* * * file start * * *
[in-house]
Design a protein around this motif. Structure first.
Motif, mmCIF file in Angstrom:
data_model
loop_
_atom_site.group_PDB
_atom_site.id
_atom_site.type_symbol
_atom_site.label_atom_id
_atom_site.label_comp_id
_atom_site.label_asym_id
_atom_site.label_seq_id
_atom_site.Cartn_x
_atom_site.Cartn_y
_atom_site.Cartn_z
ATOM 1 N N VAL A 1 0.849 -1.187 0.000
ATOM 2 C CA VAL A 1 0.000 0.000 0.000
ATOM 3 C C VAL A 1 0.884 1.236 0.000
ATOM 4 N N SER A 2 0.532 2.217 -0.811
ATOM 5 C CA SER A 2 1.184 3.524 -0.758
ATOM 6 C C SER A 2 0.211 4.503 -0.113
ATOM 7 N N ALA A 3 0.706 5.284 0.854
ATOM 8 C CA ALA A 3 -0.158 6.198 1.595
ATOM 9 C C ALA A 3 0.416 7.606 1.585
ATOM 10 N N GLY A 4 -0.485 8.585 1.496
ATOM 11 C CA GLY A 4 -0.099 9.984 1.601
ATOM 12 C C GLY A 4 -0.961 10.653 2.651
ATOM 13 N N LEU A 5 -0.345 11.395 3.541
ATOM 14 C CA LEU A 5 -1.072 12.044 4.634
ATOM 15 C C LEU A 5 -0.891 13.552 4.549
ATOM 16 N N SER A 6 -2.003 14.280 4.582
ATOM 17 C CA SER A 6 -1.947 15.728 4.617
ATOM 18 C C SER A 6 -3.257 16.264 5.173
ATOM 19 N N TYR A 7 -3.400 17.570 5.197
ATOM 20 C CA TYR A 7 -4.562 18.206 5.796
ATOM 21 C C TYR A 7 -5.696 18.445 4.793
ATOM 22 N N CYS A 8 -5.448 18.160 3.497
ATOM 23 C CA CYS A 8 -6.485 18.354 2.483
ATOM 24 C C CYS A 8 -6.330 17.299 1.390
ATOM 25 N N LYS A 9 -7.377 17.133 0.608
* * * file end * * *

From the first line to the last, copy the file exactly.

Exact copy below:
[in-house]
Design a protein around this motif. Structure first.
Motif, mmCIF file in Angstrom:
data_model
loop_
_atom_site.group_PDB
_atom_site.id
_atom_site.type_symbol
_atom_site.label_atom_id
_atom_site.label_comp_id
_atom_site.label_asym_id
_atom_site.label_seq_id
_atom_site.Cartn_x
_atom_site.Cartn_y
_atom_site.Cartn_z
ATOM 1 N N VAL A 1 0.849 -1.187 0.000
ATOM 2 C CA VAL A 1 0.000 0.000 0.000
ATOM 3 C C VAL A 1 0.884 1.236 0.000
ATOM 4 N N SER A 2 0.532 2.217 -0.811
ATOM 5 C CA SER A 2 1.184 3.524 -0.758
ATOM 6 C C SER A 2 0.211 4.503 -0.113
ATOM 7 N N ALA A 3 0.706 5.284 0.854
ATOM 8 C CA ALA A 3 -0.158 6.198 1.595
ATOM 9 C C ALA A 3 0.416 7.606 1.585
ATOM 10 N N GLY A 4 -0.485 8.585 1.496
ATOM 11 C CA GLY A 4 -0.099 9.984 1.601
ATOM 12 C C GLY A 4 -0.961 10.653 2.651
ATOM 13 N N LEU A 5 -0.345 11.395 3.541
ATOM 14 C CA LEU A 5 -1.072 12.044 4.634
ATOM 15 C C LEU A 5 -0.891 13.552 4.549
ATOM 16 N N SER A 6 -2.003 14.280 4.582
ATOM 17 C CA SER A 6 -1.947 15.728 4.617
ATOM 18 C C SER A 6 -3.257 16.264 5.173
ATOM 19 N N TYR A 7 -3.400 17.570 5.197
ATOM 20 C CA TYR A 7 -4.562 18.206 5.796
ATOM 21 C C TYR A 7 -5.696 18.445 4.793
ATOM 22 N N CYS A 8 -5.448 18.160 3.497
ATOM 23 C CA CYS A 8 -6.485 18.354 2.483
ATOM 24 C C CYS A 8 -6.330 17.299 1.390
ATOM 25 N N LYS A 9 -7.377 17.133 0.608